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Not sure this counts, since it's self-referential, but at the end of the scene where Jon sees Sam and company off from the Wall on their way to the Citadel, Jon says something like "you'd better get going, Sam. The snow's melting in your hair." This really reminded me of Jon's leaving Winterfell and saying goodbye to Robb. Made me a little misty-eyed, to tell you the truth :) I hope it doesn't mean Jon will never see Sam again.

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Not sure if it's been mentioned, but I always thought that Bronn the sellsword(mercenary) taking the surname title of Blackwater(real life mercenary company) was a little suspicious.

Edited by Damar

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I don't know if anyone mentioned it but Melisandre's name is proabaly a reference to Melisende of Jerusalem, a twelfth century Frankish Queen of Jerusalem or possibly to the painting Melisande by Marianne Stokes http://en.wikipedia.org/wiki/Melisande_%28Stokes%29 which features a woman who is dressed in red.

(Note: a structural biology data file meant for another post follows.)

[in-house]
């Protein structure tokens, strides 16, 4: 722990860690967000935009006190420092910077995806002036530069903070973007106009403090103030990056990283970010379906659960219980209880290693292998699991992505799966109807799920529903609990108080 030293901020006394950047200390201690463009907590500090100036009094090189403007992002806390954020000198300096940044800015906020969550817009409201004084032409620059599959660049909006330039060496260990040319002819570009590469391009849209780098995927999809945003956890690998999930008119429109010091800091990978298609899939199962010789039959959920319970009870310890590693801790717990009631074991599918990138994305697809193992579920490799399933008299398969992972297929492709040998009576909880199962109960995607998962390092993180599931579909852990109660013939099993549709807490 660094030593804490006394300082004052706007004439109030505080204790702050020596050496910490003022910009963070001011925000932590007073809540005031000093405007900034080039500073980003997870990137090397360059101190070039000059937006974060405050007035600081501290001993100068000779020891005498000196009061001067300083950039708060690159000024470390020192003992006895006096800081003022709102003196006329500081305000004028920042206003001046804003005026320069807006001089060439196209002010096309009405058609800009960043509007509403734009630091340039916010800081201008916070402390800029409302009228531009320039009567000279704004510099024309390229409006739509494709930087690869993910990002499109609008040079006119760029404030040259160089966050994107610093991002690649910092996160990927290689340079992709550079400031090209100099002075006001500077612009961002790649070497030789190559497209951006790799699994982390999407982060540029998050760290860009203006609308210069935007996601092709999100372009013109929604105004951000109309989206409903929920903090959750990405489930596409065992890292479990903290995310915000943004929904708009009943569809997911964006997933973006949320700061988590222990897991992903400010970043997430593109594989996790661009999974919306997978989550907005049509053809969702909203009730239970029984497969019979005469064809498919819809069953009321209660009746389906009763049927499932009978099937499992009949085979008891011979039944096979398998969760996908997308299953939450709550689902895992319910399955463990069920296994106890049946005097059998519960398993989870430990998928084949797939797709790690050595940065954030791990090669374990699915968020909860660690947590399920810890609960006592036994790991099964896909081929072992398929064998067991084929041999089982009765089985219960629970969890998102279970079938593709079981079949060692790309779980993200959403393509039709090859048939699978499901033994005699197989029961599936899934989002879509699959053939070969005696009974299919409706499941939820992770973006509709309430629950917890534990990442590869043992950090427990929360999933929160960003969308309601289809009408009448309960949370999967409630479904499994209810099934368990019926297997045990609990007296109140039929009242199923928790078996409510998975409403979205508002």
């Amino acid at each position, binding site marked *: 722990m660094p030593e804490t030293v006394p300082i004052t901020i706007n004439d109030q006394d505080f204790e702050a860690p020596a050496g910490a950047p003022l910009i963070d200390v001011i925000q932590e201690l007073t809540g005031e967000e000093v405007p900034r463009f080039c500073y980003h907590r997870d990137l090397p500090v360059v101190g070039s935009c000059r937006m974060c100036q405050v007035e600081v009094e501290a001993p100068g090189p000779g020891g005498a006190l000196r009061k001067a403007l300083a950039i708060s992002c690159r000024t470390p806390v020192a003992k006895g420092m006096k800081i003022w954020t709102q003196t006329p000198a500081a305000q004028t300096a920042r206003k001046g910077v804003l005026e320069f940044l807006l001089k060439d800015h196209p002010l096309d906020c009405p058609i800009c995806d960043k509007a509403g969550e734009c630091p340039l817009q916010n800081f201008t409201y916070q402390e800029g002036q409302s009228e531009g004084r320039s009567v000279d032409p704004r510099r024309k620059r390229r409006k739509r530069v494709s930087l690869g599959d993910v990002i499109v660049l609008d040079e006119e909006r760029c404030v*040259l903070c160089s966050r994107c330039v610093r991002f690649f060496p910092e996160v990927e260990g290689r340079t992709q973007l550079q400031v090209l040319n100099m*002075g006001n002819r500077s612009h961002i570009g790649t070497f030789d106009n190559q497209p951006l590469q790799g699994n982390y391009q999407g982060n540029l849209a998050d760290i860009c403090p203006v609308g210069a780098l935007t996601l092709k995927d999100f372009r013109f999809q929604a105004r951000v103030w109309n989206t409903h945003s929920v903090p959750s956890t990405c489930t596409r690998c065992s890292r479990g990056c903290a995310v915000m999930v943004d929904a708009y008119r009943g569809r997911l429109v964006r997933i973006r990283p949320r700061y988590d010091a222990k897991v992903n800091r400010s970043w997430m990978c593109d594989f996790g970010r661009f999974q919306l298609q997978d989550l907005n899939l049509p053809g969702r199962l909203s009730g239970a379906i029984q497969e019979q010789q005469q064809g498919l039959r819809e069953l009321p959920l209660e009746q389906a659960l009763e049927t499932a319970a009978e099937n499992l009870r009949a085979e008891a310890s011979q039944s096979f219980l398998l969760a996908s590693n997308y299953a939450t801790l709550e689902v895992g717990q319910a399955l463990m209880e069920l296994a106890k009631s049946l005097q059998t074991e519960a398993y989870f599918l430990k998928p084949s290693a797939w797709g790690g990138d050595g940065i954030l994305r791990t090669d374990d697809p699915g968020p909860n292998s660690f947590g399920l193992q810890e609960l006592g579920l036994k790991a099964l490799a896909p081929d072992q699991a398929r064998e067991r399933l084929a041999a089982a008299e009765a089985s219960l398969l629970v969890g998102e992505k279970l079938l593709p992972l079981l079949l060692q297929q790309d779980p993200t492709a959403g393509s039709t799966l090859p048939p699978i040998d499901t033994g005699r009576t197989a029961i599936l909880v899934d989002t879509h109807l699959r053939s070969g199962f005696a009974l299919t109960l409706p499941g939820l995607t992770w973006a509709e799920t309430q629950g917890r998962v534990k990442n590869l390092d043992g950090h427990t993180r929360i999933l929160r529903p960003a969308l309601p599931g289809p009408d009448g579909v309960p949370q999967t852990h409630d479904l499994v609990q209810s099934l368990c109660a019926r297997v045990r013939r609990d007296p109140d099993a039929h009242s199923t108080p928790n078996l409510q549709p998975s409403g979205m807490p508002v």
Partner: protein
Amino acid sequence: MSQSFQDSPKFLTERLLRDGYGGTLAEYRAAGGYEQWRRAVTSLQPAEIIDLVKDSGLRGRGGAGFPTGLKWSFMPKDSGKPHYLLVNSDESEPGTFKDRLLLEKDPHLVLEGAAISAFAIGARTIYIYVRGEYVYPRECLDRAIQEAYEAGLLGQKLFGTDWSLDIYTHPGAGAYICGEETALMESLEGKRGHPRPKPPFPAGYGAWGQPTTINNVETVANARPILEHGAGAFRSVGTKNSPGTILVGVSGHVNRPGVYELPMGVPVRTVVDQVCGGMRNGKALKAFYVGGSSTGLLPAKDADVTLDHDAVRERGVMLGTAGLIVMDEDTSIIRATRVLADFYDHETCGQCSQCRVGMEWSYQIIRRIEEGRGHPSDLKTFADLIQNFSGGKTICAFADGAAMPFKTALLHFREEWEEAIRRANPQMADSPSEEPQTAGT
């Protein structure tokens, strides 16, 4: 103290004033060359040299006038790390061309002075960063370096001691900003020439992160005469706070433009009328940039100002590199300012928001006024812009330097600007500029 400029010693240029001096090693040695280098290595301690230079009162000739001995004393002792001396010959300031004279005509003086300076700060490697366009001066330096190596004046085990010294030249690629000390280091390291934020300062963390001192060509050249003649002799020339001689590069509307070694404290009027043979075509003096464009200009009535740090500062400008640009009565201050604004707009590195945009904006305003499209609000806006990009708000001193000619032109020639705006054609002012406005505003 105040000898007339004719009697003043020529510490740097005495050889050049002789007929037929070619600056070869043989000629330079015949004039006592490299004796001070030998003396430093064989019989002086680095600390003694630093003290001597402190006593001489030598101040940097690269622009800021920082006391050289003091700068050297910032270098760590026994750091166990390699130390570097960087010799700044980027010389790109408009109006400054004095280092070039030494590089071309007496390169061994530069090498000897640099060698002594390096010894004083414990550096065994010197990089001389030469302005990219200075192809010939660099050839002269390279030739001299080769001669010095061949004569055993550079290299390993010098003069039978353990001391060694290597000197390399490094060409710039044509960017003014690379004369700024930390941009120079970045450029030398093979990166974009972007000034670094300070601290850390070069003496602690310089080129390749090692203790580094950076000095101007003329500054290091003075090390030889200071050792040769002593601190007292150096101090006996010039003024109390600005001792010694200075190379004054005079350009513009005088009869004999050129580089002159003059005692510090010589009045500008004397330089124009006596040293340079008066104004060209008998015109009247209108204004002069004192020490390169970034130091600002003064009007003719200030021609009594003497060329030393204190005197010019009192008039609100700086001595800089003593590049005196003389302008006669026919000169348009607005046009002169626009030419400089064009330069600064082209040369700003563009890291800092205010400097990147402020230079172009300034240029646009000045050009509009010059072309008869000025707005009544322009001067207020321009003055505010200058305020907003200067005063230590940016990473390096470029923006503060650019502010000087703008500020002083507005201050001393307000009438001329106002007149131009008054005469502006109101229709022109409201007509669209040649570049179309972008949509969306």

I only found it about twenty minutes ago just random articling on wikipedia and found it interesting. I couldn't find a reference in the thread but only had a quick look through.

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I haven't read all 30 pages of this topic so they may have been mentioned but Aran Islands are a small group of islands off the coast of Western Ireland in Galway Bay, the name is pronounced very similar to "Iron". The culture of the people living there is basically centered around seafaring. They allegedly didn't cultivate the land much besides some basic crops and this was also one of the early places that the vikings landed in Ireland, both of which fit well into the House Greyjoy words "We Do Not Sow".

The drowned god sounds similar to the druids and other prehistoric religious orders in Ireland who were know to drown human sacrifices in the bogs.

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has anyone posted on Brave, Brave captain of the Tully guard, Ser Robin? (Whom Jaime calls a craven, chases them in a boat shooting arrows, and in the end, is forced to run away?). (Sir Robin reference, Monty Python)

Speaking of Monty Python, there's a Monty Python & the Holy Grail reference in ADwd:

In the Windblown chapter, p. 325: "...the kind that don't break and run when you fart in their general direction."

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Not sure if this has already been pointed out (this topic is huge) but among the Ironborn there are (were) a few men named Dagon...which could be a reference to Lovecraft. I'd be really shocked if it weren't, since Dagon was closely associated with the sea.

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Melisande was a character in the Rankin/Bass cartoon movie 'The Flight of Dragons' (wiki link) who had remote viewing powers. Instead of a redhead, though, she was a blonde with Princess Leia earmuffs.